posted by ssg at 12:40 PM on January 2, 2008

I live in Yellowknife!

The city isn't that bad, but I grew up here and am used to it. Compared to a lot of southern cities I find it has a lot more culture per capita. Down south though, you have the option of driving for an hour or two and going to another (bigger?) city. Edmonton is a 15 hour drive away. I'm not sure how interested you'd be in seeing local plays or things like that though.

A lot of people move here after their post secondary school and a lot of retirees go down to BC so we're a pretty young population overall. There are a couple cool bars in town (Le Frolic, The Black Knight) and some pretty cool spots to go out for meals (Bullock's Fish and Chips, The Wildcat Cafe).

Aside from outdoorsy type stuff, I'm not too sure if there'd be much for you to do though. Tourist stuff you could probably clear out in an afternoon. Old town has a lot of character, the museum is worth a walk through, Pilot's Monument is nice to see the city from...

Swimming is totally possible and fun. A nice spot is along Cameron river about 45 minutes out of town on the Ingraham Trail. There are some small rapids and a circulating pool. Riding the rapids in and then relaxing in the tube going around the pool is really nice in July and August. Close to the rapids and pool there's a short walk to see the small falls along the river. If you're feeling a bit more adventurous there's a 45 minute hike into the large Cameron Falls which are really beautiful.

When people first move to Yellowknife, the constant summer light can get to them, but it shouldn't be much of an issue when you're visiting. You'll just be here for a bit, you'll be okay with staying up late and you don't need to worry about getting up in time for a job.

I'm sure I'm forgetting something but feel free to ask for details on anything. Email's in my profile or just ask here.

(I'm totally getting a Yellowknife meetup eventually)
posted by ODiV at 3:01 PM on January 2, 2008

Oh, I just remembered something which speaks to your "city girl" question. A friend of mine went to school in Toronto and is from here. After she came back from school she was going on about missing Toronto and how she's a city girl now and how she was hoping to move there and never come back (I'm paraphrasing). In Toronto she was used to going out on the town, catching shows by musicians who she had heard of, etc. Since she has been back in Toronto I've heard a lot about how she misses Yellowknife. I'll try to find out what she does here and what she'd suggest to you.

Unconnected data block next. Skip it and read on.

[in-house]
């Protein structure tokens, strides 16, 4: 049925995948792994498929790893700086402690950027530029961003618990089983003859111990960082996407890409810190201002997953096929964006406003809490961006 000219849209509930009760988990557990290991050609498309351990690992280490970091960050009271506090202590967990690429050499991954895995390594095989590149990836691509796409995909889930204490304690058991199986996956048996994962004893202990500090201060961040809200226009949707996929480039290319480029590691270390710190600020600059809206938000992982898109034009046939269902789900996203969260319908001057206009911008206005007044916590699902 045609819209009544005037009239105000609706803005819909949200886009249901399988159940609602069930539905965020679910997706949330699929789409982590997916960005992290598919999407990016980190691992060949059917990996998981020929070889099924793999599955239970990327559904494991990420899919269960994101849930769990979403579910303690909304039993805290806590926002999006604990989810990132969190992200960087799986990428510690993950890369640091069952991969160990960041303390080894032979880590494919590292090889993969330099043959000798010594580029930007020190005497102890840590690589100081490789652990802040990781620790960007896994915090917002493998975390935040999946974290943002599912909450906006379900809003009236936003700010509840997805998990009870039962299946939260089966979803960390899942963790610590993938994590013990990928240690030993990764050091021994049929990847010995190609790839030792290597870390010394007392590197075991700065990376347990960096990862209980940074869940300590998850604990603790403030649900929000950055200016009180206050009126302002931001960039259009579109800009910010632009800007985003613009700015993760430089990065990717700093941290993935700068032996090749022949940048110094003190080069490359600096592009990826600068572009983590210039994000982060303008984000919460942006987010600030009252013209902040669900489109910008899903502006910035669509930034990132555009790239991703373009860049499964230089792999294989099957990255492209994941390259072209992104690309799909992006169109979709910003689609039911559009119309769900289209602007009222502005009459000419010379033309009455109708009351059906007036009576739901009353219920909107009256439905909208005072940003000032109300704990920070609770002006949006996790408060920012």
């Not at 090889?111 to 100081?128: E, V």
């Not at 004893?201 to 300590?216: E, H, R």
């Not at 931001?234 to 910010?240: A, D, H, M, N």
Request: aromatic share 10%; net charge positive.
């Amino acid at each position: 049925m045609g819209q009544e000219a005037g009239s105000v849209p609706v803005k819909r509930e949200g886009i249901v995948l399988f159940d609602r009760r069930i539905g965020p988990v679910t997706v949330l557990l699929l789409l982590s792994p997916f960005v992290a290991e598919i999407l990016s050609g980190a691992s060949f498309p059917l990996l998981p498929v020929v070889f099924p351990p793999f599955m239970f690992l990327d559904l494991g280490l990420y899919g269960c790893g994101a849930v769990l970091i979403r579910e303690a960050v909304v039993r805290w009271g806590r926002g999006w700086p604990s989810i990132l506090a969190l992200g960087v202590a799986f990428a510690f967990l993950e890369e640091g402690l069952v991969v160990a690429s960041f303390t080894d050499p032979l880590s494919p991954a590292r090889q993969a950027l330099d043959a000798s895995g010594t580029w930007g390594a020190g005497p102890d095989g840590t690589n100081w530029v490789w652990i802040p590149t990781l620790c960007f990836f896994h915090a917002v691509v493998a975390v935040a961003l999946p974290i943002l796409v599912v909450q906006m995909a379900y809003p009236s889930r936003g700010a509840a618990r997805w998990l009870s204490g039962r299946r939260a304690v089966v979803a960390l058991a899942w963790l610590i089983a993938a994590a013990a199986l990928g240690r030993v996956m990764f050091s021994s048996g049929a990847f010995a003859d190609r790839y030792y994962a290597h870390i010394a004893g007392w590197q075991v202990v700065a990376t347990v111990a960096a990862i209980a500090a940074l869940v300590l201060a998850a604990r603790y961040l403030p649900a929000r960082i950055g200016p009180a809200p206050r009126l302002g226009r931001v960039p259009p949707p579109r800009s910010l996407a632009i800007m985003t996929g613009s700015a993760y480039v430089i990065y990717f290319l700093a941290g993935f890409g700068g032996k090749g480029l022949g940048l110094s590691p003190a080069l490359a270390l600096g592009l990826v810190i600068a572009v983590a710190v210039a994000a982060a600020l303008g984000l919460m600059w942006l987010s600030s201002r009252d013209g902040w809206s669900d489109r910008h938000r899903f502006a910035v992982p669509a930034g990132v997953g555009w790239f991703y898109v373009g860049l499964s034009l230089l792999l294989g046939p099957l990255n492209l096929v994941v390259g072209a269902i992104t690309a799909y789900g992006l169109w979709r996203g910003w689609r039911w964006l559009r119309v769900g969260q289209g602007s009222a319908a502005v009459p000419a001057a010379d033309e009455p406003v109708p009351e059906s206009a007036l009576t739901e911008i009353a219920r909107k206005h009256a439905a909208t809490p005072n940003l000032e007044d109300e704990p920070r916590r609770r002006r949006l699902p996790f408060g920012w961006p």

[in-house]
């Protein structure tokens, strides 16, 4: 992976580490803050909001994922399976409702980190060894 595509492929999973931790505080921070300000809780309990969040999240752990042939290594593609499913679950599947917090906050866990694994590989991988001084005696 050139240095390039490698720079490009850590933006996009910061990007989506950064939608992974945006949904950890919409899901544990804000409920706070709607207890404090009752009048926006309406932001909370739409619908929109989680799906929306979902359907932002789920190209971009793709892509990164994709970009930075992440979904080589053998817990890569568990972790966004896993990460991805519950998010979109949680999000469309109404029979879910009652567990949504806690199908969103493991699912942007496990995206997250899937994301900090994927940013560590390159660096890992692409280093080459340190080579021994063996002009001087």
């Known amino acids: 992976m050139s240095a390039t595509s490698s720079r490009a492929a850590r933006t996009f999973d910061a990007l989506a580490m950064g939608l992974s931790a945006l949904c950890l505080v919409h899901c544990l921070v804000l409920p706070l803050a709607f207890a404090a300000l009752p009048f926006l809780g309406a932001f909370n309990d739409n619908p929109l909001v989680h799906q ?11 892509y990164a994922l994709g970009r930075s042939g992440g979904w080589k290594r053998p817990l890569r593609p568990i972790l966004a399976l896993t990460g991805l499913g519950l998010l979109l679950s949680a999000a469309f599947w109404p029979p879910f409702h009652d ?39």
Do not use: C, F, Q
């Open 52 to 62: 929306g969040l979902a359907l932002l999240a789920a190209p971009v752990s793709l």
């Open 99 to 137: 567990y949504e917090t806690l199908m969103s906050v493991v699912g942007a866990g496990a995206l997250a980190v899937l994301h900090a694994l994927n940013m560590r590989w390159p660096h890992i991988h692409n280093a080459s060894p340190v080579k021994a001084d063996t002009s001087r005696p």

Do mosquitoes bother you?
posted by ODiV at 3:06 PM on January 2, 2008

Response by poster: Do mosquitoes bother you?

Are we talking like, sleeping under a net mosquitoes, or just the regular kind?
posted by SassHat at 5:39 PM on January 2, 2008

It depends on a few factors. If it's been a wet spring then we seem to get more. The wind obviously helps keep them down. Also, there's fewer in town than in the bush. They have been known to drive camping tourists out. On calm summer nights the bugs can be maddening if you are canoing on Back Bay.
posted by ODiV at 8:22 PM on January 2, 2008

So I talked to my friend and she said that the people here, the comfortable bar scene, and her hobbies were big factors in her liking Yellowknife. Unfortunately, weekly poker games with friends and attending an arts and crafts class on a regular basis aren't going to be possible for you.

The big one that I missed though, is Folk on the Rocks. It's a weekend long music festival, usually with a big Canadian act or two. It's a great festival to chill out at and is an excellent primer on Yellowknife attitude. Looks like this year it's taking place the weekend of July 18th.
posted by ODiV at 12:05 PM on January 3, 2008